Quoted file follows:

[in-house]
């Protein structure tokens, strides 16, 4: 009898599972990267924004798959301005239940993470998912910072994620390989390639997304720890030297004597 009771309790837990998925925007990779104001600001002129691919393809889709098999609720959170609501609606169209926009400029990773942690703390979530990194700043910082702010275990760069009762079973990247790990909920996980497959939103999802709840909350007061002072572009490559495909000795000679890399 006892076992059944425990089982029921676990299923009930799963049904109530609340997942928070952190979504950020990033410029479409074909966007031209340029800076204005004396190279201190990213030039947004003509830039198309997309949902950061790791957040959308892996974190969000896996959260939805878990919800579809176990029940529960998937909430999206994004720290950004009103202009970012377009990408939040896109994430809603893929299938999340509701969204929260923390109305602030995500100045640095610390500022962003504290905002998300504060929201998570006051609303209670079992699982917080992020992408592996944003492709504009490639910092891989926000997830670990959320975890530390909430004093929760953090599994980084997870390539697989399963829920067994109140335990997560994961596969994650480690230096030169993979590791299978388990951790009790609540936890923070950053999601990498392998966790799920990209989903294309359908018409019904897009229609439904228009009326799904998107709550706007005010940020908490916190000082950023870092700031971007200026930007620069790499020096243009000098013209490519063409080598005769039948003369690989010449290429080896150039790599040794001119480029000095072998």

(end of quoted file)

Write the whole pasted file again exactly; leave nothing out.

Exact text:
[in-house]
């Protein structure tokens, strides 16, 4: 009898599972990267924004798959301005239940993470998912910072994620390989390639997304720890030297004597 009771309790837990998925925007990779104001600001002129691919393809889709098999609720959170609501609606169209926009400029990773942690703390979530990194700043910082702010275990760069009762079973990247790990909920996980497959939103999802709840909350007061002072572009490559495909000795000679890399 006892076992059944425990089982029921676990299923009930799963049904109530609340997942928070952190979504950020990033410029479409074909966007031209340029800076204005004396190279201190990213030039947004003509830039198309997309949902950061790791957040959308892996974190969000896996959260939805878990919800579809176990029940529960998937909430999206994004720290950004009103202009970012377009990408939040896109994430809603893929299938999340509701969204929260923390109305602030995500100045640095610390500022962003504290905002998300504060929201998570006051609303209670079992699982917080992020992408592996944003492709504009490639910092891989926000997830670990959320975890530390909430004093929760953090599994980084997870390539697989399963829920067994109140335990997560994961596969994650480690230096030169993979590791299978388990951790009790609540936890923070950053999601990498392998966790799920990209989903294309359908018409019904897009229609439904228009009326799904998107709550706007005010940020908490916190000082950023870092700031971007200026930007620069790499020096243009000098013209490519063409080598005769039948003369690989010449290429080896150039790599040794001119480029000095072998």